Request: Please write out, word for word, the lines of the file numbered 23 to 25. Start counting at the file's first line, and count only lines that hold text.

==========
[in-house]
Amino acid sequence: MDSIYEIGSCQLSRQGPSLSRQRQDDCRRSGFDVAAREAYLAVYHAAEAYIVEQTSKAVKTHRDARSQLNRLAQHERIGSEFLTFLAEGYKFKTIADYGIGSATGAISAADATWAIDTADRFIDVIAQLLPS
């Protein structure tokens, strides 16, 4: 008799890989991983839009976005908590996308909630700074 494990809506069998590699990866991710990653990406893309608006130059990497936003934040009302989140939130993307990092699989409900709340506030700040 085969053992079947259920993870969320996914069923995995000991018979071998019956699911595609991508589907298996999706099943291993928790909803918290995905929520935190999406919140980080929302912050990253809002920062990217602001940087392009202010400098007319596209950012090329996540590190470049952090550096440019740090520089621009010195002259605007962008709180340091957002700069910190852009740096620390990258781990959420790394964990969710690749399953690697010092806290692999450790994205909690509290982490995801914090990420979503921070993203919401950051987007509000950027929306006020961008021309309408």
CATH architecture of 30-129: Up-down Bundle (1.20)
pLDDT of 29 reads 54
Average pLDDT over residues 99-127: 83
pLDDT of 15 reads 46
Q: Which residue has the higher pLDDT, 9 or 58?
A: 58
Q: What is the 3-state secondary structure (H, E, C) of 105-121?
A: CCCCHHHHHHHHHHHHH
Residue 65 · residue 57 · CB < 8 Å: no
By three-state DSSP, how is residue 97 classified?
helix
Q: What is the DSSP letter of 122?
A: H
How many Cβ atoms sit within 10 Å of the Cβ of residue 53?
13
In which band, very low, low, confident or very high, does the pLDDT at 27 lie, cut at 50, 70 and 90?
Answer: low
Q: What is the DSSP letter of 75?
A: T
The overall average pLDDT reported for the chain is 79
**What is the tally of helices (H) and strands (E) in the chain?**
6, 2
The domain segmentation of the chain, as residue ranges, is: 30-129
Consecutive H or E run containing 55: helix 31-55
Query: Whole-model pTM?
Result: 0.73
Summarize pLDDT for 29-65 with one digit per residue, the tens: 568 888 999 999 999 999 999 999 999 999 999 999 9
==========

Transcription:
The overall average pLDDT reported for the chain is 79
**What is the tally of helices (H) and strands (E) in the chain?**
6, 2